• In July, Sprint and LightSquared announced a 15-year agreement that includes spectrum hosting and network services, 4G wholesale, and 3G roaming. The deal gives Sprint $9 billion in cash to build out its 4G network and provides LightSquared with a Tier-One partner for bringing its wholesale-only, nationwide LTE + L-Band broadband satellite service to market, should the FCC approve its GPS terrestrial interference mitigation proposals. Specifically, LightSquared will pay Sprint to deploy and operate a nationwide LTE network that hosts L-Band spectrum licensed to or available to LightSquared. As a wholesale-only carrier with separate core network operations, LightSquared can sell its 4G broadband capacity produced through this spectrum hosting relationship to Sprint, other wireless carriers, and retail partners.

  • Sprint is the largest shareholder in Clearwire with a 51% stake.

  • In November 2008, Clearwire and Sprint Nextel combined their next-generation wireless Internet businesses. Sprint contributed all of its 2.5 GHz spectrum and its WiMAX-related assets, including its XOHM business, to Clearwire. The implied equity valuation of Sprint's contribution was approximately $7.4 billion. In addition to spectrum, Sprint contributed to the new Clearwire certain hardware, software and all of its WiMAX-based trademarks and other WiMAX-related intellectual property. In addition, Clearwire received a $3.2 billion cash investment from Comcast, Intel, Time Warner Cable, Google and Bright House Networks. The transaction with Sprint and the new cash investment were completed on the terms originally announced on May 7, 2008.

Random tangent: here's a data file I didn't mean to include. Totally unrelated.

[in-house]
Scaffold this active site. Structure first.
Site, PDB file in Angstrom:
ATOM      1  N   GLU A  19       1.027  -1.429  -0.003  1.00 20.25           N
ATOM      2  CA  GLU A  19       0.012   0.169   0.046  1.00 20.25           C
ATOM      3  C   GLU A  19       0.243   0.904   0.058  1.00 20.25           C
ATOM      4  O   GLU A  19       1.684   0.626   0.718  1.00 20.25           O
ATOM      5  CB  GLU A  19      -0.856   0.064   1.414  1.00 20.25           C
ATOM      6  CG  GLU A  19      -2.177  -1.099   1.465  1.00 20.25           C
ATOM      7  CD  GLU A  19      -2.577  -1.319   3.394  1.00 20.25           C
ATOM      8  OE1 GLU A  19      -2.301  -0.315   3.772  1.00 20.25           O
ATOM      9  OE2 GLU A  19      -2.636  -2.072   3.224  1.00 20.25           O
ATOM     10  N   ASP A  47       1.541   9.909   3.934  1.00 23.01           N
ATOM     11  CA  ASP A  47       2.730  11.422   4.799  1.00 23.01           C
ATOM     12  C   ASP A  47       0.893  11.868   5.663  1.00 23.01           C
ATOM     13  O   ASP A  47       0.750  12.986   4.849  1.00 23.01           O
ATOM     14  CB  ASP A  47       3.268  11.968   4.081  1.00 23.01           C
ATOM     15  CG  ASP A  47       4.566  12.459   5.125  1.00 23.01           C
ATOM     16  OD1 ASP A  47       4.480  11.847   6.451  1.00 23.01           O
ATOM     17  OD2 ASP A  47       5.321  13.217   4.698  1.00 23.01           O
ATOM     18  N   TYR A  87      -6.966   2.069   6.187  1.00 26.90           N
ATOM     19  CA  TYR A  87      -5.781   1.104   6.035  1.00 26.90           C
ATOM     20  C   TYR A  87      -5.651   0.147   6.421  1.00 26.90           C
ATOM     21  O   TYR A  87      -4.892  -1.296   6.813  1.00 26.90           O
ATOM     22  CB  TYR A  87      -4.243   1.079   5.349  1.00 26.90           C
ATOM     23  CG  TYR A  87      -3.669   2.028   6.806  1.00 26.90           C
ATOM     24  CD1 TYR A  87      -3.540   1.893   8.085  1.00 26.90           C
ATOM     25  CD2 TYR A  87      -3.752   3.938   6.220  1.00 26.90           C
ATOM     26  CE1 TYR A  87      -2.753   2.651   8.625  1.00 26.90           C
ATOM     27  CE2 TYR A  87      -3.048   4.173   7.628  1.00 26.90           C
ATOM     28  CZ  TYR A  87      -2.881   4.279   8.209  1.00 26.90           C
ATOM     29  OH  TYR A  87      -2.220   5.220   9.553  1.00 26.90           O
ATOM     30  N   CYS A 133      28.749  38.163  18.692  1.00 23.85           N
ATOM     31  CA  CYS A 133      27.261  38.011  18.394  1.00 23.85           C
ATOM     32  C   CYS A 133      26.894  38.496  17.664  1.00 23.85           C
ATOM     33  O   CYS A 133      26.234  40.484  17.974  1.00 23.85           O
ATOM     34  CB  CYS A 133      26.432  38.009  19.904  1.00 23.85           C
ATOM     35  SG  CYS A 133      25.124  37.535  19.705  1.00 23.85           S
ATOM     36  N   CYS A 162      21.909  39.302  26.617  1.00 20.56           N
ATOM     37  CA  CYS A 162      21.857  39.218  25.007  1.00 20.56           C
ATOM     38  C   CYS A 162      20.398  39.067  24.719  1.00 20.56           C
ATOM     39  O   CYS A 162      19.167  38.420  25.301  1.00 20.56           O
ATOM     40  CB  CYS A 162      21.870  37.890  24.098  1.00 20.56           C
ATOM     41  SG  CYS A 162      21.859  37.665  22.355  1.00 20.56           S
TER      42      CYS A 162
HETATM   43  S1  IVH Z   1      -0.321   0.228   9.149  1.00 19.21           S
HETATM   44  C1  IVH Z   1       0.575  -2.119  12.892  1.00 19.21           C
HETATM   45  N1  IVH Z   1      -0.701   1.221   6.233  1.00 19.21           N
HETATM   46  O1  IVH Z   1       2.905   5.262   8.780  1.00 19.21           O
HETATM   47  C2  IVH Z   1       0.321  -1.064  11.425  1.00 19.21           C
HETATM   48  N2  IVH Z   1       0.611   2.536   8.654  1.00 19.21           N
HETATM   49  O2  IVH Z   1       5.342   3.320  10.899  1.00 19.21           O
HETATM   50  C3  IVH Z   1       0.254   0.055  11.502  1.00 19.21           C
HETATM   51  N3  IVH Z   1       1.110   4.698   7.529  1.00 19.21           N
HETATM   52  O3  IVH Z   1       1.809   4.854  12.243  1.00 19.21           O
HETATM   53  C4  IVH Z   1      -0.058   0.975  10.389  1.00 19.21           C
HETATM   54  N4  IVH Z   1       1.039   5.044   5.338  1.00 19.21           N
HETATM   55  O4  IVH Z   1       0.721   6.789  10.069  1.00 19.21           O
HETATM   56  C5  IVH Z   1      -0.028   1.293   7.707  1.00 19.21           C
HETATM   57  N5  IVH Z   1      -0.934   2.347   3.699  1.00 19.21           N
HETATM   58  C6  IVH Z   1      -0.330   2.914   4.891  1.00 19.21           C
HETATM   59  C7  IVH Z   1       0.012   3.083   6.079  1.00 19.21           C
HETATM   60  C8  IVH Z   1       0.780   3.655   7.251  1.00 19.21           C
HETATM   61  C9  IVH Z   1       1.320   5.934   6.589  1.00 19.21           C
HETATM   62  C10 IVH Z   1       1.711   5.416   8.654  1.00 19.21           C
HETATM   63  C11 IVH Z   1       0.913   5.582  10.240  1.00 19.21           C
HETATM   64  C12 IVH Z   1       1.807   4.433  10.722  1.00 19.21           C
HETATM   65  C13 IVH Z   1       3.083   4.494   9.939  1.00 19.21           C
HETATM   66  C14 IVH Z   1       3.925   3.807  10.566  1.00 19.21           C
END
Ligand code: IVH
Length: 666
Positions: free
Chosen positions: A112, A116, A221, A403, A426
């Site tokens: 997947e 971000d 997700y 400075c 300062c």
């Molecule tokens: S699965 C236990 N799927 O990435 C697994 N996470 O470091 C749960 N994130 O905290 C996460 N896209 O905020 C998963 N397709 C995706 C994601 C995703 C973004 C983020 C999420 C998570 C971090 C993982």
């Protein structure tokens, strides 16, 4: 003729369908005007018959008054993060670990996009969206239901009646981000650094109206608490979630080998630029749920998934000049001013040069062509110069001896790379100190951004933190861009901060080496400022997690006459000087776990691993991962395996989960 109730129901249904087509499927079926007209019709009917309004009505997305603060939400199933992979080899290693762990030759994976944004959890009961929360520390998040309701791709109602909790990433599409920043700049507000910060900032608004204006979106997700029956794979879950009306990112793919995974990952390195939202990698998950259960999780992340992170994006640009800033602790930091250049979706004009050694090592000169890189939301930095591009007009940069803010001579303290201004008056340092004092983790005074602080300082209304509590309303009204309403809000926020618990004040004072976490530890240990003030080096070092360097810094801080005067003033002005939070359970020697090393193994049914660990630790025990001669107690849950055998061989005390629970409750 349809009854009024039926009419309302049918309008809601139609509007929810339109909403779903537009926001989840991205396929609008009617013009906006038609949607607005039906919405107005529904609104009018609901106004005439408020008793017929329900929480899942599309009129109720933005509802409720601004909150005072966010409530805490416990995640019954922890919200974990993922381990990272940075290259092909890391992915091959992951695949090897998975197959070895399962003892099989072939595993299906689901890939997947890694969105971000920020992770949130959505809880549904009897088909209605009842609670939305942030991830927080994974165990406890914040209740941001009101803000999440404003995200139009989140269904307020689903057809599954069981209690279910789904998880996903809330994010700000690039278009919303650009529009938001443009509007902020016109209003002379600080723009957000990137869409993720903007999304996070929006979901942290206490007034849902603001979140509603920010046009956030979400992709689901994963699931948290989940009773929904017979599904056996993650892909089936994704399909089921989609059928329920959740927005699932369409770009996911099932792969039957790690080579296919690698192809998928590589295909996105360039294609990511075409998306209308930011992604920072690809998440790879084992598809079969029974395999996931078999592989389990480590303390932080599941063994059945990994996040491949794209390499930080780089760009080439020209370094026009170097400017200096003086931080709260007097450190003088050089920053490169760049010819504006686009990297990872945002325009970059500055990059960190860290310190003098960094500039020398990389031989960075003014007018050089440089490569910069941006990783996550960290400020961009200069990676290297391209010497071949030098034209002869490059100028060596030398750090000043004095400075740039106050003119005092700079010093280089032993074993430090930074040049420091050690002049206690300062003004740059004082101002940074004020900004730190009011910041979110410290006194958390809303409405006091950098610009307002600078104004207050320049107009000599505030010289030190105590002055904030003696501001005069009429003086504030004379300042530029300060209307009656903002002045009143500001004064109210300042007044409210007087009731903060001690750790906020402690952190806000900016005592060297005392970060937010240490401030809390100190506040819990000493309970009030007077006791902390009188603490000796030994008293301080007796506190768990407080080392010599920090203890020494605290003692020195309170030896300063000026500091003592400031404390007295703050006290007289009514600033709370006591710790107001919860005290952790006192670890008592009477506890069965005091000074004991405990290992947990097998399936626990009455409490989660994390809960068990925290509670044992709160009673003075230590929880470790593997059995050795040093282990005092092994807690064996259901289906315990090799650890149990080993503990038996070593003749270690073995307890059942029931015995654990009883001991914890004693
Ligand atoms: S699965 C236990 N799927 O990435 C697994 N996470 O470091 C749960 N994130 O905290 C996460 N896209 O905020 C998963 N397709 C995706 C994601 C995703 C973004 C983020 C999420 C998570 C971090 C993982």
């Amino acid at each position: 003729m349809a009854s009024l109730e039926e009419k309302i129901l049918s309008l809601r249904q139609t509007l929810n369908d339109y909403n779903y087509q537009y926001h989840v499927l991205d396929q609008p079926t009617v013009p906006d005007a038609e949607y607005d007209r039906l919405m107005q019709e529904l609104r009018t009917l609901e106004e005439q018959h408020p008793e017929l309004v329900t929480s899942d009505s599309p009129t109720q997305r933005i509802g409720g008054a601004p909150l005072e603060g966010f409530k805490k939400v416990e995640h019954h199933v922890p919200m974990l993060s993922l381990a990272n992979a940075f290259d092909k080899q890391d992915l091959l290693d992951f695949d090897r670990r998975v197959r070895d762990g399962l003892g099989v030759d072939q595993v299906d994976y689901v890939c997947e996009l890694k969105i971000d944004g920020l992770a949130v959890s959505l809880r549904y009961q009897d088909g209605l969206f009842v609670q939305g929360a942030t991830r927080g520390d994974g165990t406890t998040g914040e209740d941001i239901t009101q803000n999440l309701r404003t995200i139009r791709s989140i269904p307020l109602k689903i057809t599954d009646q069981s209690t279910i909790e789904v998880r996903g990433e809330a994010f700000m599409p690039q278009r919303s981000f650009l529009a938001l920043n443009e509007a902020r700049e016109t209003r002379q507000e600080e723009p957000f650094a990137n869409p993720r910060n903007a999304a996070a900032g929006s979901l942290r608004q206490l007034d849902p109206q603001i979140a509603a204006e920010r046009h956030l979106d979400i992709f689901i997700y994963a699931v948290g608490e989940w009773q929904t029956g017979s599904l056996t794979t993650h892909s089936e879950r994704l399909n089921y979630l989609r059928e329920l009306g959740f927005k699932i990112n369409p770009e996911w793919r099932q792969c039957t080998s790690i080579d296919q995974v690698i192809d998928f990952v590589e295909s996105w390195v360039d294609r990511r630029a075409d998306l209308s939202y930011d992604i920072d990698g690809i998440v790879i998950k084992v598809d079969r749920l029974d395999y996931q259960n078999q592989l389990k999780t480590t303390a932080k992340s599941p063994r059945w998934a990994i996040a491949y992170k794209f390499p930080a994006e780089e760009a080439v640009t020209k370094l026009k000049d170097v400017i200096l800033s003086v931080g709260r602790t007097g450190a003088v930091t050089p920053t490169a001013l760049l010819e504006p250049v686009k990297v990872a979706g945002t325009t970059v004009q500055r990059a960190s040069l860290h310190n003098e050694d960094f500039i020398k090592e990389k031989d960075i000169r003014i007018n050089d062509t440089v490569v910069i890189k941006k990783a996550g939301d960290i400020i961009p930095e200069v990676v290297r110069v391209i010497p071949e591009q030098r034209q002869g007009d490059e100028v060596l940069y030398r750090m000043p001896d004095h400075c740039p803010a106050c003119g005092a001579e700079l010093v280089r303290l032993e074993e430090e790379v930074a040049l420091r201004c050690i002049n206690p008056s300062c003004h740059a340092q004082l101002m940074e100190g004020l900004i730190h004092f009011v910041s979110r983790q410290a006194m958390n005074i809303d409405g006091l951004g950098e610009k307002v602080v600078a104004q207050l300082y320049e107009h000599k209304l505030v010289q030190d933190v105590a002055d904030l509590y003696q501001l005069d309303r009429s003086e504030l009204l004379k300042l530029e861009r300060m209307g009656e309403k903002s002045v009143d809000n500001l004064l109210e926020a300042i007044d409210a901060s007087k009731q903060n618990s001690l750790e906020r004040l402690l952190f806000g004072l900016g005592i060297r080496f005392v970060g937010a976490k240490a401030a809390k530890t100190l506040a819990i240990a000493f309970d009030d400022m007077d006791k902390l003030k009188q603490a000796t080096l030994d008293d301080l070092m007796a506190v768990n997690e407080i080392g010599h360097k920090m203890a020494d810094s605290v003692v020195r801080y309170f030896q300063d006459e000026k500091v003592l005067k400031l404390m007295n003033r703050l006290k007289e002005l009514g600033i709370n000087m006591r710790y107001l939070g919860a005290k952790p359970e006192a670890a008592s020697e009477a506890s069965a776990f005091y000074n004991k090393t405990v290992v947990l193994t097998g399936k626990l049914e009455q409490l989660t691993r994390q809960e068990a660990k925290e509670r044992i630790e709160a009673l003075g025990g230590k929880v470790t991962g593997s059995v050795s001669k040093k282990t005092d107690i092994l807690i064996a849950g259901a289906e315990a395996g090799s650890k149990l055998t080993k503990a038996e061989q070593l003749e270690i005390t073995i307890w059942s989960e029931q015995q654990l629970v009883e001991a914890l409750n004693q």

Wired: Computer Virus Hits U.S. Drone Fleet

Wired magazine reported that a keylogger virus has infected the control systems for the U.S. fleet of Predator and Reaper drones. The Air Force has not commented on the story.

Wednesday, October 5, 2011

Canada's Telesat Reports Anomaly

Telesat's Anik F2 satellite suffered a technical anomaly that resulted in loss of satellite services to its customers across Canada and the U.S.

Telesat believes the satellite can be returned to service and is working with customers on restoration.
  • Telesat Canada's Anik F2 satellite was launched by Arianespace in July 2004. It was the biggest commercial satellite launched to date at that time (5,950 kg). It is equipped with 38 Ka-band transponders, 32 Ku-band transponders and 24 C-band transponders and designed for a 15-year life.